The strong dollar is currently a headwind for the company because it does business in nearly every country, noted CNBC's Sara Eisen. "I can't think of a company more impacted by a strong dollar than P&G," she said.
While it's impossible to predict how much of a headwind the strong dollar will be going forward, its effect is expected to at least subside.
"We had four really difficult years where we had almost $1 billion and some years over $1 billion in impact in after tax earnings. This year I think it's going to be less than that," he claimed.
P&G would be "happy" if the Fed waited to raise interest rates since that leads to a stronger dollar. "It creates a much more level playing field for us vs. competitors that are domicile in other currencies," Taylor explained.
Since Taylor took over the consumer goods company about a year ago, sales have "bounced back" after years of disappointment, Eisen noted. However, the flat sales figure points to the difficult environment, she added.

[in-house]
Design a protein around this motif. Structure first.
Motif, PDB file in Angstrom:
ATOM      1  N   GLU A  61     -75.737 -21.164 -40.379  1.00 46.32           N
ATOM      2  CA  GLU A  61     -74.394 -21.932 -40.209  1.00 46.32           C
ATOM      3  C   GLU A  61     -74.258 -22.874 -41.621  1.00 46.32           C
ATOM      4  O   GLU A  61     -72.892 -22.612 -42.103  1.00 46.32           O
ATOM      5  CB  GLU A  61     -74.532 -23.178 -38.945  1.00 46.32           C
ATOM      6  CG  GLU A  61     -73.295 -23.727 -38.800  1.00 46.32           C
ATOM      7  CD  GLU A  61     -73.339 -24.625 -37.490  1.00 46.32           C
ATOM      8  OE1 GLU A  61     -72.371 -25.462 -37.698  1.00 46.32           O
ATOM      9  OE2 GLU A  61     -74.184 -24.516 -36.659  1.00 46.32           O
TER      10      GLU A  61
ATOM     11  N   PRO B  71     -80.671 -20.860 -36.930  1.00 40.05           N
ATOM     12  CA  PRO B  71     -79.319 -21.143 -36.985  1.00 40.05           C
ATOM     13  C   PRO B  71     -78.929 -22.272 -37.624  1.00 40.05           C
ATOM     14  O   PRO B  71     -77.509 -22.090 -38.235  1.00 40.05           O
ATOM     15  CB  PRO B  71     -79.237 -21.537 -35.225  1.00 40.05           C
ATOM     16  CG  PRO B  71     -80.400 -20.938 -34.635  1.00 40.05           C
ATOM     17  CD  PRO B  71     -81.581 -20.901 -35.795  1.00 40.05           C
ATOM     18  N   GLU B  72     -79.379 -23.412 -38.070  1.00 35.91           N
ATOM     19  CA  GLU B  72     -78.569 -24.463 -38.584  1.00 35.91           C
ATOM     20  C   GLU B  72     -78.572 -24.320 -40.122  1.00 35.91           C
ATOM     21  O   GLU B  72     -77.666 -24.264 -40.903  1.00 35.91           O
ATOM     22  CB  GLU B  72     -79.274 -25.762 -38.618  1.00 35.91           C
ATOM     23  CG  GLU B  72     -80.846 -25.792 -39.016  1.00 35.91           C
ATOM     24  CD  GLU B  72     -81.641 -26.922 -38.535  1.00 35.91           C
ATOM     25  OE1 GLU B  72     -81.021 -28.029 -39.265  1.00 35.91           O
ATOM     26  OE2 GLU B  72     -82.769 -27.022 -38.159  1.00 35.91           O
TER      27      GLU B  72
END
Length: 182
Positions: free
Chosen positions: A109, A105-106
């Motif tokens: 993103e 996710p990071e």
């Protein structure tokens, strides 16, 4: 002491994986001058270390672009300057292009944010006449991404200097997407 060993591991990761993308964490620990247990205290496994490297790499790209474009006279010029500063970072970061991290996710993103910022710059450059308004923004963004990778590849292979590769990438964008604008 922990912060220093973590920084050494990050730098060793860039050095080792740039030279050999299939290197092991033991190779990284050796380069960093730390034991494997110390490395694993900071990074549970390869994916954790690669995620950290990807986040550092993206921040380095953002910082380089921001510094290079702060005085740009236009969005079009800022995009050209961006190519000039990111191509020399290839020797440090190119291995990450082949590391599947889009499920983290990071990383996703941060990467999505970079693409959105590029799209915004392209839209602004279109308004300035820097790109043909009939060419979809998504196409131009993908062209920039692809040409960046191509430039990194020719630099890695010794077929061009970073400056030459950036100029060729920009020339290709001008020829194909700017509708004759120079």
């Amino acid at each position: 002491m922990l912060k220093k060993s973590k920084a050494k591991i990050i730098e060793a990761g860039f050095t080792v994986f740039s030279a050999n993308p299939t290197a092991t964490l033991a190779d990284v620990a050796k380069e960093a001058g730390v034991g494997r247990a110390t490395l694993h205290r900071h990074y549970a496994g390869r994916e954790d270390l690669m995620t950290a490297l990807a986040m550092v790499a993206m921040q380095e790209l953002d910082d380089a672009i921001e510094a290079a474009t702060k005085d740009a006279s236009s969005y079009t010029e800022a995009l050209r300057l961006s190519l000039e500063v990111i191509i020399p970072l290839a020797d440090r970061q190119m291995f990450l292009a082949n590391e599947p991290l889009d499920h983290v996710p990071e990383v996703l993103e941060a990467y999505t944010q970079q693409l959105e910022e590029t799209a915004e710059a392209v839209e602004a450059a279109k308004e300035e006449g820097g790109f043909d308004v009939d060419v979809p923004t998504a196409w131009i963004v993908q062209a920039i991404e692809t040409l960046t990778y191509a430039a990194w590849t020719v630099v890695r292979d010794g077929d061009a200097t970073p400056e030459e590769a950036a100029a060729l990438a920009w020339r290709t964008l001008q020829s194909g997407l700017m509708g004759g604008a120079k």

"I think we're making good progress and progress will be measured in years, not quarters," Taylor noted.
On Tuesday, P&G reported earnings of $1.03 per shares, beating estimtes of 98 cents per share. Revenue was relatively flat year-over-year at $16.52 billion, but topped expectations of $16.49 billion.
Shares of Procter & Gamble were lower in late morning trading on Thursday.
Separately, TheStreet Ratings objectively rated this stock according to its "risk-adjusted" total return prospect over a 12-month investment horizon. Not based on the news in any given day, the rating may differ from Jim Cramer's view or that of this articles's author.
TheStreet Ratings team rates Proctor & Gamble as a Buy with a ratings score of A-. This is based on the convergence of positive investment measures, which should help this stock outperform the majority of stocks that the team rates.
You can view the full analysis from the report here: PG